Inner ends 30, FIG. 1, of the serrations 23 are disposed proximate to the inner annular wall 28, outside of the marginal portion 32, FIG. 2, of the annular body 17 out of which crush zone 25 is formed. Outer ends 33 of serrations 23 are disposed usually uniformly at a geometrically curved endless line (not shown) within the span 21 of annular body 17. It should be understood that depending upon the size of washer 15, which in turn depends on types and sizes of fasteners, some examples being socket-and-cap screw, standard hex bolt, and wide bolthead type, the lengths of the serrations will vary; nevertheless, the heads of the fasteners extend over the lengths of the serrations either to their full lengths or over a goodly portion of their lengths, in order that the crush zone maintains its full effect and the invention is operative.
In operation, washer 15 is mounted to the shank 37 of a fastener, such as a threaded bolt 39, FIG. 4, with serrations 23 facing the undersurface 40, FIGS. 5, 6 of a head 42 formed on the fastener. As an attachment device passes through said washer and is tightened down by a user, or by way of example, a fastener 39, such as in FIGS. 5 and 6, is then inserted into a bore 43, say, of a flange 44 having a bearing surface 45, a threaded portion 46 on the fastener, FIG. 4, preparing to mate with corresponding threads (not shown) formed in the body formation for bore head. Head 42 is rotated, say, manually, or by means of a wrench (not shown). As fastener 39 and washer 15 approach a tightened effect upon the bearing surface 45 by a torquing of the wrench, a crushing and collapsing of the inner annular projection occurs. Said inner annular projection forms a crush zone 25 capable of collapsing when any attachment device passes through said washer and is tightened down by a user. The inner annular projection has sufficient thickness to prevent the application of force, yet has minimal thinness to permit deformation to occur.
As the inner annular projection crushes, the washer 15 assumes a condition approaching a flattened state. It is known, however, that Belleville washers do not completely flatten upon a correct or proper torque setting notwithstanding the existence of the crush zone in the present embodiment. However, with or without a truly non-flattened condition, a tight efficacious bite of washer 15 to the underside of head 42, one never realized before in the use of a Belleville spring-type washer, is achieved by reason of the incorporation of crush zone 25.
It should be noted that the inner circumferential edge 27 of opening 18 of washer 15 before crushing occurs does not frictionally engage the shank 37 of the fastener; the opening was freely spinnable about the shank before torquing fastener (or nut) to bearing surface. After crushing, however, the circumferential edge 27 will be deformed and no longer spinnable in the tightened mode. In the event of a thermal expansion of the metals of the elements here—that of the flange, fastener (nut), and/or washer—and which in the past has shown that looseness is generated in the tightened mode for a Belleville spring washer—such looseness is eliminated with the application of washer 15, irrespective of any engineering or other theory supporting or negating the efficacious advantage of non-looseness in the application of washer 15.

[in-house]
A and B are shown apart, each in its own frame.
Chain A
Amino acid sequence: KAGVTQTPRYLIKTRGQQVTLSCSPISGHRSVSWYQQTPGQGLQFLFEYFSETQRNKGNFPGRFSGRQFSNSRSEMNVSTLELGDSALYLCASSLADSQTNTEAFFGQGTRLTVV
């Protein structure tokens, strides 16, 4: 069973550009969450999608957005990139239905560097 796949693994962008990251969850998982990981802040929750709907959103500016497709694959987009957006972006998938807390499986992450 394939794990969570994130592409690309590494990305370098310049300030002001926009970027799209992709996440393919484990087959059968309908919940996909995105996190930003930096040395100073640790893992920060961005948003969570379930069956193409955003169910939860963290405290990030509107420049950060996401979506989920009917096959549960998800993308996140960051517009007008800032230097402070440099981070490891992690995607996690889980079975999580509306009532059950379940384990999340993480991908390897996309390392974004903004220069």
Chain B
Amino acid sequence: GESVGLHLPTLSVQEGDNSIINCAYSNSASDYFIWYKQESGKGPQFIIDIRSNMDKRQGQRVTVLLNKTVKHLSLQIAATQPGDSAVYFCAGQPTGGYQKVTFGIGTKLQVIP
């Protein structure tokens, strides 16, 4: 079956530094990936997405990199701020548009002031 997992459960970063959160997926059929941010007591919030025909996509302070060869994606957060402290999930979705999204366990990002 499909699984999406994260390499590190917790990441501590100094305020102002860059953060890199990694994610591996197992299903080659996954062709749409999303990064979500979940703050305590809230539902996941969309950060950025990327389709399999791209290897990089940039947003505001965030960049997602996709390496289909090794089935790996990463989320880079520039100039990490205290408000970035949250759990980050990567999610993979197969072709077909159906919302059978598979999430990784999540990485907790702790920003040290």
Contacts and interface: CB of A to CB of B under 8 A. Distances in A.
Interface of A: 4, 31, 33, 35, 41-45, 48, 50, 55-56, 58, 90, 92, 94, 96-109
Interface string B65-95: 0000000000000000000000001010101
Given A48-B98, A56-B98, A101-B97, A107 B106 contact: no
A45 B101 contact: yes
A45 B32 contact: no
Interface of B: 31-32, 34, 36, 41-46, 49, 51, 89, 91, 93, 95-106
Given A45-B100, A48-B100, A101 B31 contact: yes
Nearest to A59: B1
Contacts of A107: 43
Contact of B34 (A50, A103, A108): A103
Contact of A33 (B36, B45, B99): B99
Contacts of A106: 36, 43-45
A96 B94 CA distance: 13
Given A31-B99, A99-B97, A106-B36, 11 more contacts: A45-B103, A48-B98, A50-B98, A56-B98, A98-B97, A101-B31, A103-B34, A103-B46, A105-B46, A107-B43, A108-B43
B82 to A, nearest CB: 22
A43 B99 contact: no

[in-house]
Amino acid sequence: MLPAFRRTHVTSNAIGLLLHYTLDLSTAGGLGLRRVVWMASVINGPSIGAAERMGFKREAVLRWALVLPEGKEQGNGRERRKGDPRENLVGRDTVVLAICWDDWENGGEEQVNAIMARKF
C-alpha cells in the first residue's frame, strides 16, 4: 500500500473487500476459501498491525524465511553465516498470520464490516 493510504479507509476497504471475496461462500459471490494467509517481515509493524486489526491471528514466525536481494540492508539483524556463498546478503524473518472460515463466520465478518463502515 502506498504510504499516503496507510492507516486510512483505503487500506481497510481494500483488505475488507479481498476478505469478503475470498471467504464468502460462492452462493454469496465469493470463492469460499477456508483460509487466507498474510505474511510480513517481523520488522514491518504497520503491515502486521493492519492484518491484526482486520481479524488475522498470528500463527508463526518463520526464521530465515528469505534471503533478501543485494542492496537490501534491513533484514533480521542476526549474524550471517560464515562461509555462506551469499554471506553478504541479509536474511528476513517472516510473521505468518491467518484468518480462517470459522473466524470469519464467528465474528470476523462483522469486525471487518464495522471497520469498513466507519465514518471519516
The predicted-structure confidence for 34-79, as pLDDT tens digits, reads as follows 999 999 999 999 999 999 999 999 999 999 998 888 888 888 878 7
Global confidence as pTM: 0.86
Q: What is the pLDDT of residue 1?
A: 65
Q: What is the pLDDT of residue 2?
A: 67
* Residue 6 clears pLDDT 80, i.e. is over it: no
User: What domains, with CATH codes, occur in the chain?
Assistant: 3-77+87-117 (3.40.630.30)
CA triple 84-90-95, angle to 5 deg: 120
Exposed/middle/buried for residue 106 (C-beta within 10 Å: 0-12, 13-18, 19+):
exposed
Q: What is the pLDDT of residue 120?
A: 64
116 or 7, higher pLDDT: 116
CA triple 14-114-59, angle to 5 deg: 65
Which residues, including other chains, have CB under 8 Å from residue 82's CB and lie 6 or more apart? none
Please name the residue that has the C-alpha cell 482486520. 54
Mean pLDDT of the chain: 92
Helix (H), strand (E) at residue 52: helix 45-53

In another embodiment, FIGS. 7–8, still containing the crush zone 25, there exists a form of peripheral radially outwardly extending teeth, both axially projecting teeth 48 and peripheral radially inwardly extending notches 49, that cuts or pierces through any insulation to make an optimal electrical connection and permit the insulated wire to function. The number of teeth depends upon the size and diameter of the washer. One of many examples of the use of said axially projecting teeth 48 is provided in FIG. 9.
In the formation or making of the washer 15, a spring steel member or strip of such material of a given width and thickness, depending upon the size of the washer 15 to be produced, is fed through a progressive die. The inner diameter (“I.D.”) forming the washer's opening 18 is punched out of the material. The die is piloted for alignment required in the next step. The die then impresses spaced serrations 23 upon the top surface 24 of the washer 15. The die is piloted on the I.D., after which it cuts the outer diameter and forms the height or concaved configuration for the washer 15. The bottom teeth 48 may be impressed at this time, if desired. Thereafter, washer 15 is heat-treated to the standard RC 42-50.
A range between low and high carbon steel material is utilized in the making of the washer 15, depending upon a particular application to which the washer 15 is to be put, usually already ascertained by the manufacturer or another ordering the washer 15.
Many modifications and variations are possible in light of the above teaching. The foregoing is a description of the preferred embodiments of the invention and has been presented for the purpose of illustration and description. It is not intended to be exhaustive and so limit the invention to the precise form disclosed.